August 18, 2003
Democrat hopefuls find it's difficult to compete with recall
GEORGE E. CONDON Jr.
COPLEY NEWS SERVICE
DES MOINES, Iowa – The butter cow lady probably never met the billionaire investor, but Iowans in the know took note last week when Duffy Lyon endorsed presidential candidate Howard Dean just a day after Warren Buffett threw his backing behind Arnold Schwarzenegger for governor of California.
The endorsements, separated by 1,500 miles and considerably different media treatment, said a lot about the contrasts between the high-visibility, high-wattage gubernatorial recall election being waged on TV in the nation's largest state and the quiet, retail-style fight for the Democratic presidential nomination under way here in the heartland.
Their numbers suddenly looking small and manageable now that 135 candidates are crowding the California ballot, the nine Democrats running for president are a little frustrated that the recall election has drawn so much attention away from what they are doing here in the state that will kick off the process only five months from now.
Iowa Gov. Tom Vilsack even felt moved to thank a reporter from a California newspaper for coming to Iowa this week, hailing it as a sign that not everybody was transfixed by what he called the novelty and curiosity of the fight to oust Gov. Gray Davis from Sacramento.
And the candidates continued to press forward with the quiet, persistent campaigning that still measures progress one potential voter at a time. For them, this past week meant pitching themselves to the Iowa AFL-CIO labor leaders, participating in a health care forum with Vilsack, and making pilgrimages to the state fair to flip pork chops, stand on hay bales and down corn dogs – all the while carefully staying away from more exotic fare such as the deep-fried Twinkies on a stick.
And in that quiet campaign, the battle for the backing of the butter cow lady was but one more test.
As happy as the Schwarzenegger camp was to bag a respected, normally Democratic adviser in Buffett, the Dean camp was delighted to announce that the former Vermont governor is now backed by Lyon, the 74-year-old grandmother who has been sculpting cows out of dairy butter for the Iowa State Fair ever since 1960.
"Governor Dean is my guy. He has talked about the issues I care about in rural America," said Lyon, who has also produced butter sculptures of Elvis Presley, Mamie Eisenhower and the Last Supper.
Even as they campaign here, the candidates are deeply aware of the fracas in California, at times betraying their frustration that the cameras have moved to the West Coast while they are trying to talk about serious issues in media solitude.
Despite the carnival-like atmosphere currently in California, retail campaigning here in Iowa and the early states will decide who the next Democratic nominee will be, said Jano Cabrera, an aide to Connecticut Sen. Joe Lieberman. There is no Arnold Schwarzenegger or Gary Coleman in the group, but they are still an impressive bunch of candidates.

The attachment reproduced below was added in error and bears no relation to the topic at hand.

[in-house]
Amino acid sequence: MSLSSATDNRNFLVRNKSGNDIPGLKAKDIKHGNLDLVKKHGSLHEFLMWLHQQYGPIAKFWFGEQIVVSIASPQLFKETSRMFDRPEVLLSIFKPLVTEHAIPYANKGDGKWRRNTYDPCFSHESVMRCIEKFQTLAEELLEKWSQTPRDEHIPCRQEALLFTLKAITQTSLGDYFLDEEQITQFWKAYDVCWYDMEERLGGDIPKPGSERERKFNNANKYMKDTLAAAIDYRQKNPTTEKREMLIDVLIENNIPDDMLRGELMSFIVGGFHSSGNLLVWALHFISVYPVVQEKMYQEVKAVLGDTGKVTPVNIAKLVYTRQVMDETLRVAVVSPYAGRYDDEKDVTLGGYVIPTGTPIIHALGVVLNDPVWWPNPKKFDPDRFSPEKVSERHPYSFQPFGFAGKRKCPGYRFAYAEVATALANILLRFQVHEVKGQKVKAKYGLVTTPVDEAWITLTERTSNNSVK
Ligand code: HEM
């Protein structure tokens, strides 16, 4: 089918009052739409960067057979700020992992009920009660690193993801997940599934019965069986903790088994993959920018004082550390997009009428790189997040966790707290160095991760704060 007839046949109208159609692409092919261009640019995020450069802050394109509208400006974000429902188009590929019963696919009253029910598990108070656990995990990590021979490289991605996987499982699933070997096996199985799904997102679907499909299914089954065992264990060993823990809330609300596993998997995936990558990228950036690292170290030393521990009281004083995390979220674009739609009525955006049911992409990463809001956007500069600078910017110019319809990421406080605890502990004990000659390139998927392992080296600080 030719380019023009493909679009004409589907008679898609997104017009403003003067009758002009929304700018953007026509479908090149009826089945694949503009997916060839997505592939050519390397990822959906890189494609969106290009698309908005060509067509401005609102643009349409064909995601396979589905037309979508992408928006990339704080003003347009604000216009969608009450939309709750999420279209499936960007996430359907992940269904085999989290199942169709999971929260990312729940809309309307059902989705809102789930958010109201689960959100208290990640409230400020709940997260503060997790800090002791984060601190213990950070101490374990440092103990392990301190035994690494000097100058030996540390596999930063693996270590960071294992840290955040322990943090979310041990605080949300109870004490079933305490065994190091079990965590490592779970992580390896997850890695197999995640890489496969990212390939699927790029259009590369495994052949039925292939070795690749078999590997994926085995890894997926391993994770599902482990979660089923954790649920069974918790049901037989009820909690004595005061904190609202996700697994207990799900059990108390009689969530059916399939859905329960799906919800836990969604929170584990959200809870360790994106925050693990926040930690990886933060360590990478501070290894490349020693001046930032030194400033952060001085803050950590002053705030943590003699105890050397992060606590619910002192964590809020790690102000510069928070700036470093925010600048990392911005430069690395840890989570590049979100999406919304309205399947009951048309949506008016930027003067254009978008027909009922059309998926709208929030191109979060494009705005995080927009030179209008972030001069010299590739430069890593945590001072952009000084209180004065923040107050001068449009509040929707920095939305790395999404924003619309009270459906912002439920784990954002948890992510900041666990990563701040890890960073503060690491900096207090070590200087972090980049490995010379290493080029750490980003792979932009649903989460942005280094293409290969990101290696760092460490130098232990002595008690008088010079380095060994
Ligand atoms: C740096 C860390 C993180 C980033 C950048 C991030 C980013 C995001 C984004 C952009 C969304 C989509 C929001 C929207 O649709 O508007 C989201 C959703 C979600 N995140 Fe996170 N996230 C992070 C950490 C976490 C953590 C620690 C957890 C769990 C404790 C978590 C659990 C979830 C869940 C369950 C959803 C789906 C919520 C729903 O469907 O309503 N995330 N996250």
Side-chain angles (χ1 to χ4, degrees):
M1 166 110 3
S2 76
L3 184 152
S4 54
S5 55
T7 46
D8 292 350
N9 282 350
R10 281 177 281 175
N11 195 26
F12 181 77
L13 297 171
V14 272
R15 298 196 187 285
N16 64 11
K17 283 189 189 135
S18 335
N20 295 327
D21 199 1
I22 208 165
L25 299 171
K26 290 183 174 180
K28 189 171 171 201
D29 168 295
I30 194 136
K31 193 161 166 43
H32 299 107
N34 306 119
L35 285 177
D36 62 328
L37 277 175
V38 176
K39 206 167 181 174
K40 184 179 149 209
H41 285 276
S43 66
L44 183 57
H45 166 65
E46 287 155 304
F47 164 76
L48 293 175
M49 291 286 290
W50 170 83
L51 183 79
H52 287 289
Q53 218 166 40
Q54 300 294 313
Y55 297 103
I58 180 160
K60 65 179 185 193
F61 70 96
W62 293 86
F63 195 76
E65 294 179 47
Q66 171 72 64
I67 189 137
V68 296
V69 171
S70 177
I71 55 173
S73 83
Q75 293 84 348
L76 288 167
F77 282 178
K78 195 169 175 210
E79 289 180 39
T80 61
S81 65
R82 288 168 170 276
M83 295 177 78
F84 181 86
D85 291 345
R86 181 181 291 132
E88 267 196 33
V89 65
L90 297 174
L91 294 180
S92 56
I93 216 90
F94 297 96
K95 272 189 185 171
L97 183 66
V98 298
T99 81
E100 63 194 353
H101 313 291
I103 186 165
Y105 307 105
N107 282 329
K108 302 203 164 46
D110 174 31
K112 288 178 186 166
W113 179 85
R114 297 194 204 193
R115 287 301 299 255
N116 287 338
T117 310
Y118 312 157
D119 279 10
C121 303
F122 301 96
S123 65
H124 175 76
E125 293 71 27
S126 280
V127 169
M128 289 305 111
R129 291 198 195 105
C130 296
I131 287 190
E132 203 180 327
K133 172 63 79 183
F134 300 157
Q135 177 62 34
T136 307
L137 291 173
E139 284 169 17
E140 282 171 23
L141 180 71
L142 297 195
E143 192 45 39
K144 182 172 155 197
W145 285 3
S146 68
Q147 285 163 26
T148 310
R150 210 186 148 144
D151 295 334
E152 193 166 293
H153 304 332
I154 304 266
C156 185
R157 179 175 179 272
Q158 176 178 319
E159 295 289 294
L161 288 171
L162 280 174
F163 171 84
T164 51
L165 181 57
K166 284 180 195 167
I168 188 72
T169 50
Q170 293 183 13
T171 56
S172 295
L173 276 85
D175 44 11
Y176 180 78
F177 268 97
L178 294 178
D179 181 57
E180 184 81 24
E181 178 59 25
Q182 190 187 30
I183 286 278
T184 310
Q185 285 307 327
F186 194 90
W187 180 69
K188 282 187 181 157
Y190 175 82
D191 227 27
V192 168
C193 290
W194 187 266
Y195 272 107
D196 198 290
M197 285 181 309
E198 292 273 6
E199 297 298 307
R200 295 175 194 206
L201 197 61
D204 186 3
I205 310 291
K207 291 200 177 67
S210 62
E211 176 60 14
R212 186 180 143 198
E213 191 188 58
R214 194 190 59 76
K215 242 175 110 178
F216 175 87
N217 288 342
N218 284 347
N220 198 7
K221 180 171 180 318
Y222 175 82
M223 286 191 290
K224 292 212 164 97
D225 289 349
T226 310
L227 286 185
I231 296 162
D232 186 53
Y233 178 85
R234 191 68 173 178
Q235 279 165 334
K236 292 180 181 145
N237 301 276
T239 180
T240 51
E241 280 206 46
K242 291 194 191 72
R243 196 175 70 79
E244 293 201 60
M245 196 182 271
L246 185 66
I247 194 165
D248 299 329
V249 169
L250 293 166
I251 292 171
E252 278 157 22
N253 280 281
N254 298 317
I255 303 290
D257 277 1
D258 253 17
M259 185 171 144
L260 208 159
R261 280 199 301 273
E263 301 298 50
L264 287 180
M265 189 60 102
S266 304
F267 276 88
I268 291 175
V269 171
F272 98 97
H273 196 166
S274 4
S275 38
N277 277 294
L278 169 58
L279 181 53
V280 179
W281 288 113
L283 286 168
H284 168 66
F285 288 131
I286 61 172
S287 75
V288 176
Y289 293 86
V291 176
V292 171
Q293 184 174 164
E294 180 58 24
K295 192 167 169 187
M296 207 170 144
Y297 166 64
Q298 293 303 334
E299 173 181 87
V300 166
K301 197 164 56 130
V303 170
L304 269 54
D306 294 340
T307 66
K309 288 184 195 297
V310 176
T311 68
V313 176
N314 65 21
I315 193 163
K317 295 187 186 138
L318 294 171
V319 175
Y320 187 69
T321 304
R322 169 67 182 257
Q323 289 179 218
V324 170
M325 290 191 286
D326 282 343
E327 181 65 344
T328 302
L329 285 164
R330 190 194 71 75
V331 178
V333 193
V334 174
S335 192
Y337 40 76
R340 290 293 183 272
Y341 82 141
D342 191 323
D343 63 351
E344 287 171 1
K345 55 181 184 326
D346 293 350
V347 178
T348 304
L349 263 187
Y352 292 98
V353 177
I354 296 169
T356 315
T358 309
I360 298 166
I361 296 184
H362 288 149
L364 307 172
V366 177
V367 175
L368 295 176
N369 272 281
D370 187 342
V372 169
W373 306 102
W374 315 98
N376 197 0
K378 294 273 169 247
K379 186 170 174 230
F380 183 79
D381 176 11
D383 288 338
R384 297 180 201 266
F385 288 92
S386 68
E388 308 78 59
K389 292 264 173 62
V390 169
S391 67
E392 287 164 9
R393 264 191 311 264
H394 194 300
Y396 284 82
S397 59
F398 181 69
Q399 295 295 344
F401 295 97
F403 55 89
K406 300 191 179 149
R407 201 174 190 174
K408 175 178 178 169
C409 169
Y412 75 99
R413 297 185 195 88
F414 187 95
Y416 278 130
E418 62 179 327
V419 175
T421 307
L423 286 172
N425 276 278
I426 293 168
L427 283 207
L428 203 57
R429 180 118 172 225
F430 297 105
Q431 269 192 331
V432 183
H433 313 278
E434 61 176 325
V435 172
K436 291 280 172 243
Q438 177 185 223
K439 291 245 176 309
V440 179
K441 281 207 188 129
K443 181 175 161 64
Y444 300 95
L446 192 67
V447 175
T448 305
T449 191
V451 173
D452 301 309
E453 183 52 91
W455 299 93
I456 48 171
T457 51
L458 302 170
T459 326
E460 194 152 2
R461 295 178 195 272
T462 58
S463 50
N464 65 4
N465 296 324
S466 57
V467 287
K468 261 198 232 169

Vilsack expressed hope the California fight will be over soon and noted that the presidential election process is just beginning.
For some of the presidential contenders, though, the battle for support in January's Iowa caucuses is dangerously close to being over. Candidates such as Lieberman and North Carolina Sen. John Edwards, once thought to have a real shot at strong support, are fading.
Most perilous is the situation of Missouri Rep. Dick Gephardt, once the heavy favorite here because of his strong labor support, knowledge of farm issues and record of having won the caucuses when he last ran for president in 1988.
But Gephardt, plagued by money-raising woes, has been a victim of the surprising surge by Dean, who has passed Gephardt in the polls here. The most recent Des Moines Register Poll gave Dean 23 percent, to Gephardt's 21 percent and Massachusetts Sen. John F. Kerry's 14 percent.
Dean has generated excitement here by being the most outspoken critic of President Bush, particularly on the war in Iraq.
"We've got to find somebody who can beat George W. Bush," said Betty Brim-Hunter, vice chairman of the Polk County Democratic Party and vice president of Local 7102 of the Communications Workers of America. "He is the outsider. He is not Washington and that gives him an edge."
For Gephardt, labor remains the key to his hopes here. Unions may send a third of the 100,000 Democrats who go to the caucuses. They are expected to back Gephardt overwhelmingly over Dean, who Gephardt strategists hope will fade after no more than a summer fling with the voters.
"He's one of us. He has a long history of supporting the unions and were going to be there for him now," said Matt Ballard, 31, an official with Local 90 of the Teamsters. "Teamsters aren't flavor-of-the-day people. We look at the record."